[Spoiler] Here we had the villainous jealous ex. The jealous ex that is contrasted against the innocent love interest by her aggressively sexual presentation (in her clothing, attitudes, and actions). How many times have readers seen this same thing? Too many. There’s both the sassy (and promiscuous) BFF who tempts the pure main character to leave her safe bounds. Her promiscuity gets her killed, BTW. We’ve seen this a million times too. Then she’s replaced with the sassy gay BFF. This one is male, but still a character we’ve all seen in just this character position many times before. Let’s just stop there. But I could go on. The big shark who smiles to Mercy’s face but really duplicitously seeks to re-subjugate the woman who dared leave her subservient place? Yep, not new or interesting.

Really the cliched characters were more than I could handle. But the real reason this didn’t resonate was that it was inconsistent. Mercy is said to be so merciless, but if that was true she never would have let the events of the book go as far as they did without solving (or even acknowledging) the problem. Her very actions undermined the primary characteristic we’re given for her. Further, the whole reason she breaks character club blood photo(separately than the preceding point) to keep and eventually fall for Cece is a mystery. I mean it’s a mystery in the book. So, again, her supposed ruthlessness is undermined by her actions. Then there is Cece. She has a convenient personality shift that allowed for the happy ending. But it didn’t feel believable. It was too abrupt.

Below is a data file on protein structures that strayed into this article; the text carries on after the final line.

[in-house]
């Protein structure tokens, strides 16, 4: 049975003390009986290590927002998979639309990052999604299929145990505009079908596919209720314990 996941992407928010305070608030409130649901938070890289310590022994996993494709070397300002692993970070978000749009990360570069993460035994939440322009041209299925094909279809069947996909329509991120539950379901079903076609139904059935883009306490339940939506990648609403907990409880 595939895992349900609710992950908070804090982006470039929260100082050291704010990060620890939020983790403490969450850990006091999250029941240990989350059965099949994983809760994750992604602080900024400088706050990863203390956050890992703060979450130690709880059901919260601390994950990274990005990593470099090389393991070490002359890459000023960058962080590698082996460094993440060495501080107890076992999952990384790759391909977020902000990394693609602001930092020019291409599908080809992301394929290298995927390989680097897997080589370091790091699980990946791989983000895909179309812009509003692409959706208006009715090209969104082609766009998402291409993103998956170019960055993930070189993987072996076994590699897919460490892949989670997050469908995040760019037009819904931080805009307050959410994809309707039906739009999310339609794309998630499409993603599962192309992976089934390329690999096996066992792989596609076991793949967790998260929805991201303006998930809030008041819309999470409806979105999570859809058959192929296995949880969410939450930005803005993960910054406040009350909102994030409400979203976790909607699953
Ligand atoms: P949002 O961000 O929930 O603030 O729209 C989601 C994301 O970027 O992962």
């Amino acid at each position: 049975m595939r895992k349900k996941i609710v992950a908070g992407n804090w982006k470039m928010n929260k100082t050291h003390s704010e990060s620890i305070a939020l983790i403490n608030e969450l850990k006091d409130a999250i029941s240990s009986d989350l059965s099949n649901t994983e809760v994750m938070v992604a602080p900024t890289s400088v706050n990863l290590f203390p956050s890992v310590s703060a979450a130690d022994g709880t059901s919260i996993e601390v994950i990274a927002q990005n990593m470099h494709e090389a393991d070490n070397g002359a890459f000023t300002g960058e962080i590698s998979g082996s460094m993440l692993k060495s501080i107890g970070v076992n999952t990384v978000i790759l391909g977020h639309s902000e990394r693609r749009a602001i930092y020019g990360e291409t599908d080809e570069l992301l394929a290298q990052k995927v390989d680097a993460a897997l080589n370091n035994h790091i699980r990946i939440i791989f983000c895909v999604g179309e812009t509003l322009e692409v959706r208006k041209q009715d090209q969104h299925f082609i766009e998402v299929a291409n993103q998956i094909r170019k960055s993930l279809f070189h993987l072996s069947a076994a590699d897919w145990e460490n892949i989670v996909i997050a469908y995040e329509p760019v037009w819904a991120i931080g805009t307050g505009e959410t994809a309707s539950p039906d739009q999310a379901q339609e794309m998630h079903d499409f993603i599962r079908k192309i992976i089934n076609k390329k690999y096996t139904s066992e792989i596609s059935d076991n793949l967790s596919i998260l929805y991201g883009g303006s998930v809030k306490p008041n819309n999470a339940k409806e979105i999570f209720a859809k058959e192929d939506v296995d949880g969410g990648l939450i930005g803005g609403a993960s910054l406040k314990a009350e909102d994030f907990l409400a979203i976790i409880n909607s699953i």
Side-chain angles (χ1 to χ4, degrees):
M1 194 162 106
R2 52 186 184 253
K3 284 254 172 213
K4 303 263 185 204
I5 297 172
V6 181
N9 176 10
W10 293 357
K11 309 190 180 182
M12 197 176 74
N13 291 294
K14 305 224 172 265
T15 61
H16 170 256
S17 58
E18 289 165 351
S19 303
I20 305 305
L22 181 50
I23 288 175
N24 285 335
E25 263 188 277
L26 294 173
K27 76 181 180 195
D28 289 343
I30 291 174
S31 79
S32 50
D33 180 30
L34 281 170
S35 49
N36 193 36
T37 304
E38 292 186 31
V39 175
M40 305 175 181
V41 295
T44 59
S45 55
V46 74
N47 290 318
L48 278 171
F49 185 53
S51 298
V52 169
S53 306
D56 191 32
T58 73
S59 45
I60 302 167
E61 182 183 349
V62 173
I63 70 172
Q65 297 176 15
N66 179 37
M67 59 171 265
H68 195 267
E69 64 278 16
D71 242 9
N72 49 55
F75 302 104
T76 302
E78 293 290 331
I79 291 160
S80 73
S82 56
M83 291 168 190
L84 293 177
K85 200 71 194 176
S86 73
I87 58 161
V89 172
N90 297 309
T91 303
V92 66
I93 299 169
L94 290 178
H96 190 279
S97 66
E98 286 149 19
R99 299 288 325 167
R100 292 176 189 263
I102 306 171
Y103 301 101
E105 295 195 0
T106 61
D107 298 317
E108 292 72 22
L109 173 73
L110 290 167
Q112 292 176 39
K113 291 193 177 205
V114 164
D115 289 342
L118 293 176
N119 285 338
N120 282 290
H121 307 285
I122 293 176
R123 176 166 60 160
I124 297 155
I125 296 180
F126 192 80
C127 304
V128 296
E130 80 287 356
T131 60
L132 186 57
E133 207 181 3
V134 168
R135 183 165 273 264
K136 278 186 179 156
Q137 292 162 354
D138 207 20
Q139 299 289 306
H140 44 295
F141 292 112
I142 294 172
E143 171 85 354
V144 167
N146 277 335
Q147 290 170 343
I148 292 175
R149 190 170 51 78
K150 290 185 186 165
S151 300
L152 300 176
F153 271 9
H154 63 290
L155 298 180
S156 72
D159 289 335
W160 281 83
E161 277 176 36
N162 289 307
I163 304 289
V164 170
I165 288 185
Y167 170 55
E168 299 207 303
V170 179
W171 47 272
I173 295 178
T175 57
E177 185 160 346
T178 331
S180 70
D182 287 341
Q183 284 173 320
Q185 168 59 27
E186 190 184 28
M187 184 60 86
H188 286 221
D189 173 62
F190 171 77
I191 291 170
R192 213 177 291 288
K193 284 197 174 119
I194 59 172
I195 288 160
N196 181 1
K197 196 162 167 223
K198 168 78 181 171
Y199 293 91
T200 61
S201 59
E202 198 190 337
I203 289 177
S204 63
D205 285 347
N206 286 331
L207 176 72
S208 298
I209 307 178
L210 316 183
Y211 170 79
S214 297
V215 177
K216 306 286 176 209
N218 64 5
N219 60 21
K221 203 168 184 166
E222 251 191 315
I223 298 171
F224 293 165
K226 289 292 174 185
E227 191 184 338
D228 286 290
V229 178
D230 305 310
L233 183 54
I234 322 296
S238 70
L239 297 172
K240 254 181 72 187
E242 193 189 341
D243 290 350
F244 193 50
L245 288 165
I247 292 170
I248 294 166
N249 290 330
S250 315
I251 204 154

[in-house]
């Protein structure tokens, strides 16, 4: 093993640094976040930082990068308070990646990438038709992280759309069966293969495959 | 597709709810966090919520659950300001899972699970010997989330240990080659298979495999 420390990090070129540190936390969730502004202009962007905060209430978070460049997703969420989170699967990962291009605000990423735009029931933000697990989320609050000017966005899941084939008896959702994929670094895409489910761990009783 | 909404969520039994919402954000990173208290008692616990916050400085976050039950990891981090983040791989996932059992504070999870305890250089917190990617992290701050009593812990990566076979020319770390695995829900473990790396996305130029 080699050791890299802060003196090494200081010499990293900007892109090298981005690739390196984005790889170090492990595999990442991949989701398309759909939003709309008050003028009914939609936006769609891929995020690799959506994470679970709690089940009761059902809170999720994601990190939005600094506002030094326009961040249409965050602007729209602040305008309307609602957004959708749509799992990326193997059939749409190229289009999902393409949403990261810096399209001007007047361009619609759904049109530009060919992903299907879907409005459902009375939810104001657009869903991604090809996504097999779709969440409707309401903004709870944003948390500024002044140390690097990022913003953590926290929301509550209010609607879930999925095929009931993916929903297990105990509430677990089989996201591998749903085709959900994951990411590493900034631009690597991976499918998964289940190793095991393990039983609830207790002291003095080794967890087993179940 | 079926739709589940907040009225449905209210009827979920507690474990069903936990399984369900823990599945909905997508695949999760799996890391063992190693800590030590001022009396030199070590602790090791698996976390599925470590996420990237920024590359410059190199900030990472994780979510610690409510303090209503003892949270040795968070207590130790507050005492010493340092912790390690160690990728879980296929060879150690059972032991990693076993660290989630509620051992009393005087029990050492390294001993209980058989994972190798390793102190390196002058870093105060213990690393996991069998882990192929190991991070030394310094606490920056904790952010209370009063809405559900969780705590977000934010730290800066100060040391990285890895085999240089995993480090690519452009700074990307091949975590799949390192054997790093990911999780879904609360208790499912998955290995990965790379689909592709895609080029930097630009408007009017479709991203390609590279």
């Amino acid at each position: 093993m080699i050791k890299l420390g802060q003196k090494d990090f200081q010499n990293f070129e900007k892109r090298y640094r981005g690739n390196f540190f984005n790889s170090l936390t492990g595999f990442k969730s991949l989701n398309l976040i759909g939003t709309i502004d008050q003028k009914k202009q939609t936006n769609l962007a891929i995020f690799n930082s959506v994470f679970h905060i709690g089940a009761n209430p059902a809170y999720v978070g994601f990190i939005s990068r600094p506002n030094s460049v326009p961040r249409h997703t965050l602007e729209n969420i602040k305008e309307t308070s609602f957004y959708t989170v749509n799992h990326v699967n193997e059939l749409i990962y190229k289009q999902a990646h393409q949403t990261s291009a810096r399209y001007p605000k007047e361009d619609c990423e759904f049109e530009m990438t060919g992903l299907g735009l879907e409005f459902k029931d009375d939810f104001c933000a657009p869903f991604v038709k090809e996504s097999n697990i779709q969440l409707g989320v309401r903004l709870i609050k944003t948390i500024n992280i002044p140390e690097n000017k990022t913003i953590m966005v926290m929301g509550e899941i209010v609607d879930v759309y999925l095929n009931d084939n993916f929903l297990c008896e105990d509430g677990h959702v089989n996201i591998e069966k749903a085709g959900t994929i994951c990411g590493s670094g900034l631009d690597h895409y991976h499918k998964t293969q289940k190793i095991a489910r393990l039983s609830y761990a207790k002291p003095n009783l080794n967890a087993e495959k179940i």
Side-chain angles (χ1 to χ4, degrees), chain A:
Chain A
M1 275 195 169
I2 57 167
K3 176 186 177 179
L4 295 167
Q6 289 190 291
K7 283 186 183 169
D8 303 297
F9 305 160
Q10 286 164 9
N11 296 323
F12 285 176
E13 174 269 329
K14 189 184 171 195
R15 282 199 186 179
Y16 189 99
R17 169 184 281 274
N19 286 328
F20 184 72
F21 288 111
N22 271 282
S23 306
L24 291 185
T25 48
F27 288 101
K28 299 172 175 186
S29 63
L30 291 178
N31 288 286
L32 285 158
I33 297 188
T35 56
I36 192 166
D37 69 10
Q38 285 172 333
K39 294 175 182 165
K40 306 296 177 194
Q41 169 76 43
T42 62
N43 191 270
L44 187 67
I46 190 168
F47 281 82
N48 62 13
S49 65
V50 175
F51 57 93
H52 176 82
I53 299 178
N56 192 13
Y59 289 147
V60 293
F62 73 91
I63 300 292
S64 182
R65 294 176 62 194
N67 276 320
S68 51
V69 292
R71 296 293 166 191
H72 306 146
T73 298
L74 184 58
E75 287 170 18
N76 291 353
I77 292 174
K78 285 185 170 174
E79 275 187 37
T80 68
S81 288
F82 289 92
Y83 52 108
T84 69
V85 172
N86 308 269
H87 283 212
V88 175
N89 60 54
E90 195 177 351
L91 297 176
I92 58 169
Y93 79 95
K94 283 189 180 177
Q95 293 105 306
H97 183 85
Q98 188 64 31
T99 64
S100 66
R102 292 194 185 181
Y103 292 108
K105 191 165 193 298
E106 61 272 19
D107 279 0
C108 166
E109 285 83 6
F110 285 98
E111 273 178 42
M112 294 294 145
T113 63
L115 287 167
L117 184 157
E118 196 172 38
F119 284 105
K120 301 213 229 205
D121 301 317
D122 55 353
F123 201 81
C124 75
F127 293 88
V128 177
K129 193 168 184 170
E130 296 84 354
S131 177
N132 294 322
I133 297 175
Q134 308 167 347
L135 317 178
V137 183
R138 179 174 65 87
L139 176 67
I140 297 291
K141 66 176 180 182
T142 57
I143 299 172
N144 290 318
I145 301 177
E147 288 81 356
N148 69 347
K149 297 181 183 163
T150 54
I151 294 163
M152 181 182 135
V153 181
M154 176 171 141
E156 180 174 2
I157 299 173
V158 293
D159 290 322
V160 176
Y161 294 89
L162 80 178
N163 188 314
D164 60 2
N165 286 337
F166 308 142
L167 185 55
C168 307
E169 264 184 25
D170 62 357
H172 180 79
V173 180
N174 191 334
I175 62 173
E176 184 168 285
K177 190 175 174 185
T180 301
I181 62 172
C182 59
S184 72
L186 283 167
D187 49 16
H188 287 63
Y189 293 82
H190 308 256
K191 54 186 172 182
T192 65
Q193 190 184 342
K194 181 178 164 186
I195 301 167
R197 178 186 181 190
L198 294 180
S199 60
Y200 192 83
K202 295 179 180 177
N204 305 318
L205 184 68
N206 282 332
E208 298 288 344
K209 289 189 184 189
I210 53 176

All in all. I had complaints. Several of them. But they are things that bother me. They don’t bother a lot of other people. I suggest reading the book and deciding for yourself.


Other Reviews:

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Book Review: Vampire Tower #1-3, by Kelly St. Clare

I picked up a free Amazon copy of Kelly St. Clare‘s Blood Trial about this time last year. (Actually, a year ago tomorrow. LOL) Then I purchased Vampire Debt and Death Game in order to finish the series. I read them all back to back. So, I think I’ll just write a single review for the series, instead of for each individual book. But here is the blurb for book one, to give you an idea of what the series is about.

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The dice are rolled at midnight.